Also: if he’s into you, you’ll know.

  • Rach

    You broke up with him: you should be providing that closure for yourself. It was your choice to leave, only you can tell yourself why.

  • Emmy

    I agree with Isaac. It’s no longer the ex’s responsibility to give closure. From the very beginning they have had a looming use-by date on their relationship, and to hope without reason that the ex should suddenly change his plans was a self-inflicted wound.
    I also disagree with the concept of “closure”, as feelings from any relationship (whether finished by break-up, betrayal, or death) are always going to linger long after that relationship has ended. No matter how many films may say otherwise, you don’t move on all at once, but in little steps.

    The best way to see the city skyline is to leave the city – the only way you’ll be able to view your finished relationship with love and appreciation is by putting some distance between you and it. Isaac is correct: surround yourself with friends who love you, unfollow your ex on social media, and take care of yourself for a while. I always think the best way to move on from a break up is to set a self-love goal for yourself to work toward. It gives you something to say when people ask “how are you doing”, and it’s a good way to mentally (and verbally) position yourself as two separate people. He’s travelling alone, and you are finding a new job that’s closer to your dream job. He’s travelling alone and you are planning a trip to Rome. He’s travelling alone and you’re taking a new degree. It’ll happen. It’s just not up to him.

  • Vicki D.

    oof. going thru a similar situation here but my ex is actually a coward who ran off and got married to a girl he was cheating on me with AND wouldn’t give me an honest explanation. (i found out via instagram, lol) i decided all the closure i needed was that he obviously was not right for me. you should do the same! “closure” is bullshit and is something we feel we need to make us feel better – but time heals all.

  • Rafaela Garcia

    As someone who has recently ended my longest relationship to date, I completely agree with Isacc. I ended my relationship on relatively good terms but he has repetitively contacted me for closure and everytime I comply we dig up old shit that at this point doesn’t change anything and having one chat is never enough for him he still wants to contact me and talk about it some more. I keeps me from moving on. I miss him a lot but I ended it for what I think was a great reason. I finally had to ignore his texts and really do me. And yes this too shall pass!

  • Adardame

    One day at a time. Acknowledge that asking for closure isn’t asking for closure. You already know it’s closed. What you want to know is if it will ever be reopened.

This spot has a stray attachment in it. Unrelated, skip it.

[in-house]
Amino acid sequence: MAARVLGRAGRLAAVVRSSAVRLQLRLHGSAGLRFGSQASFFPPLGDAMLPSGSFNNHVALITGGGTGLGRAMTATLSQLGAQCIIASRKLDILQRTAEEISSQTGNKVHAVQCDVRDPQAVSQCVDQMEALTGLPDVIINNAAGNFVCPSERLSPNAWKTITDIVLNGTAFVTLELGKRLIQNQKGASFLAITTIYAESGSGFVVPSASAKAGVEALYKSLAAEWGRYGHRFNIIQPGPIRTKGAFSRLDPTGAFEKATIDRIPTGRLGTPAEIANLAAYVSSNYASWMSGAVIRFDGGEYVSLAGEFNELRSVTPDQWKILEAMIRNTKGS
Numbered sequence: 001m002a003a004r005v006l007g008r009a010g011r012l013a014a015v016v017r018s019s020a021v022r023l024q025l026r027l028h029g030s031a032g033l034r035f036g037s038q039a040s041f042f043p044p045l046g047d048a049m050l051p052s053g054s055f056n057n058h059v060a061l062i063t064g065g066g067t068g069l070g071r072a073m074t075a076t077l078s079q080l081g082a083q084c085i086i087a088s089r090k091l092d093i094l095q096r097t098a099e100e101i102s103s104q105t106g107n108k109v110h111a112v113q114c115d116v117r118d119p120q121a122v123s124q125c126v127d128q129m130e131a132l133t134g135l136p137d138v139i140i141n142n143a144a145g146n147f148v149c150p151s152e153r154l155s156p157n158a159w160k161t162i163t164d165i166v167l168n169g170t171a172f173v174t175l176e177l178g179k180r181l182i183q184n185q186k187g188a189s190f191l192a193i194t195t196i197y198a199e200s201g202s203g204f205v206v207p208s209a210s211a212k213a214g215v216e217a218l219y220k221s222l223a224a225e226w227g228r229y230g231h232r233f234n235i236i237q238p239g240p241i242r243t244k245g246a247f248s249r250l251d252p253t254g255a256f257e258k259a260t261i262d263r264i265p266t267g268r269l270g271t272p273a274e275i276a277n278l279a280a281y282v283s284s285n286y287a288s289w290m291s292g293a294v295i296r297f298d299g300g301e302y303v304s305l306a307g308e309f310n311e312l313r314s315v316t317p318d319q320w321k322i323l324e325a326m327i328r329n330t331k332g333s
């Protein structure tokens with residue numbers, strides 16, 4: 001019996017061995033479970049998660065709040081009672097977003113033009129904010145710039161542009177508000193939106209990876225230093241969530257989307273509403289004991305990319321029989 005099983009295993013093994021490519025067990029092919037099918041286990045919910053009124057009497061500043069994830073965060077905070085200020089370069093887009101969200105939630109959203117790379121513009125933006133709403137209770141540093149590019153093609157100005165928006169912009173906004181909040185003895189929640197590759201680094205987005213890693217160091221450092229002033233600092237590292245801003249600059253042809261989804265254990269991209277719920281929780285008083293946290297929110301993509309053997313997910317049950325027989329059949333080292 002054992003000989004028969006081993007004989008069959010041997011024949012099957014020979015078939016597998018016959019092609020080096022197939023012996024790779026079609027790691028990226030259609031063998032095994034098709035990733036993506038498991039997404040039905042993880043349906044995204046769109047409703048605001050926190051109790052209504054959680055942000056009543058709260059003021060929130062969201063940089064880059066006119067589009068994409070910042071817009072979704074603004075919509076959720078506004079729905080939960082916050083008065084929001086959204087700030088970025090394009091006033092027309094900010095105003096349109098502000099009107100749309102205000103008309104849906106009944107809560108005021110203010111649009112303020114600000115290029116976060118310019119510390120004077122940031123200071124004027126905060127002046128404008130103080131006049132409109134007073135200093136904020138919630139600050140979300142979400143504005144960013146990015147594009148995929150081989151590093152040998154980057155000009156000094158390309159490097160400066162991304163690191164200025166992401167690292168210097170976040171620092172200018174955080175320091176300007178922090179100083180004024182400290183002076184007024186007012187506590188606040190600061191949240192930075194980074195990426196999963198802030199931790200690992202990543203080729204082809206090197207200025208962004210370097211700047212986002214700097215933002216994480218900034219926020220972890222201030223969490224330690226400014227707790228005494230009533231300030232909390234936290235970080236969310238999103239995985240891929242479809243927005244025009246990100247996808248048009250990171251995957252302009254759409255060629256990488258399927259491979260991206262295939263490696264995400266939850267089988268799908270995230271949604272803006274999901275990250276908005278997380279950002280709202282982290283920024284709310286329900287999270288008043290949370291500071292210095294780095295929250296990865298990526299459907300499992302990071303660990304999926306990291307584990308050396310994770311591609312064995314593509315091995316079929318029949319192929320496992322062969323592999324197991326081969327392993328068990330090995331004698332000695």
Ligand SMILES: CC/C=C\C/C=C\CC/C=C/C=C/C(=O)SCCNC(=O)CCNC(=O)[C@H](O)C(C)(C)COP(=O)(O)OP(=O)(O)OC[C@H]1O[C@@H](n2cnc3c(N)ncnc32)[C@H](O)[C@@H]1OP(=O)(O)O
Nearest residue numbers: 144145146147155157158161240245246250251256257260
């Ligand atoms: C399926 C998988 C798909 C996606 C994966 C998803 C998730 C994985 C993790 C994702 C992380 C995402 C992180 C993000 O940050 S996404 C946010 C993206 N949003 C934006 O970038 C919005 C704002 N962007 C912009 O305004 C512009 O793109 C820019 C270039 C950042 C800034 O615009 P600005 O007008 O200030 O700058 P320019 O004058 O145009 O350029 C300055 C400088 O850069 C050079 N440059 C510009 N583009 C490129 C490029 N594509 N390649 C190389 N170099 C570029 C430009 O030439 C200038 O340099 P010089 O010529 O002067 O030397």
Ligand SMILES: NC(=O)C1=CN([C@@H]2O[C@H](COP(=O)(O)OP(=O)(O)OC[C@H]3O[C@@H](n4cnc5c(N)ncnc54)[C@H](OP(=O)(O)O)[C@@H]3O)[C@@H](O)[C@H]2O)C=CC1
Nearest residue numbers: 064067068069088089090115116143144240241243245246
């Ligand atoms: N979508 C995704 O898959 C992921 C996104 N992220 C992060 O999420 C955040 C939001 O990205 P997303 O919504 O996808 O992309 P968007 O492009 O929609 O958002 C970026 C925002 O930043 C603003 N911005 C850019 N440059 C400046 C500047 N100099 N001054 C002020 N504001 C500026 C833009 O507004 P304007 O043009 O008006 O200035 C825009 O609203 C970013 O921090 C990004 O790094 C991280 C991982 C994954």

• Tamarrow RoseblackQueen Evans

    I am going through same thing was seeing this guy and he dumped me….no closure at all. I contacted him and he only says take care….i explain to him the hurt he has inflicted on me…he does not care i asked to talk for him to give me answers and closure his respond was Gn via text

  • Tamarrow RoseblackQueen Evans

    I believe closure is a huge stepping stone to healing just sincere communication can make all the diffeeence

  • Mara Hernandez

    My friend and her husband (they were together 6 years and married for 2) broke up over two weeks ago and he has refused all contact. Because it was commonlaw marriage and he owned another residence, there’s no reason for them to ever cross paths again. Because she would never have imagined him to treat her this way (if nothing else, out of respect for what they shared once), she now feels she never knew him and wonders who she gave the last 6 years of her life to. She might be falling apart right now, but I can totally understand her perspective on that. Are you saying even a husband doesn’t owe the wife that he promised to love for the rest of his life, the decency of an explanation or perhaps at least remain on amicable/civil terms? Instead he unfriends her and all her family from Facebook and has his friend unfriend her, and acts like she never existed. But that isn’t cowardly or petty? Traumatizing someone you swore to love the rest of your life, just to “take care of yourself” and avoid the nasty experience and feelings IS what makes it cowardly. That isn’t “emotionally mature” at all. Emotional maturity has empathy, respect, and consideration, not blatant disregard and avoidance. Maybe the reason you want to call that “emotional mature” is because this is your standard breakup tactic/MO, but it’s quite far from mature. For those still looking for some help with this: http://thoughtcatalog.com/rodlyn-mae-banting/2016/06/why-cowards-cant-give-you-closure/

    • aniira

      Thank you. Your post and article were a lot more helpful and realistic than this page.

      I wasnt as far as married but tried gently prodding and trying to understand the issue for 6 months, he just spent less and less time with me as it went along. There was only one obvious choice to leave and I feel like I deserve and need some kind of answer. I dont care how brutal it may be and im not looking for an apology or to fix things with him. id settle just to hear him say ‘no its over youre crazy, ok?’

      No one should be left there to rot

  • NeedCoffee

    I cannot agree that it’s emotional mature. A emotional mature person tells the other person why he need to cut contact and what he expect in the future, before they disappear. Withdraw without explaination is irresponsible and inconsiderate. (But yeah this kind of person do do not deserve your love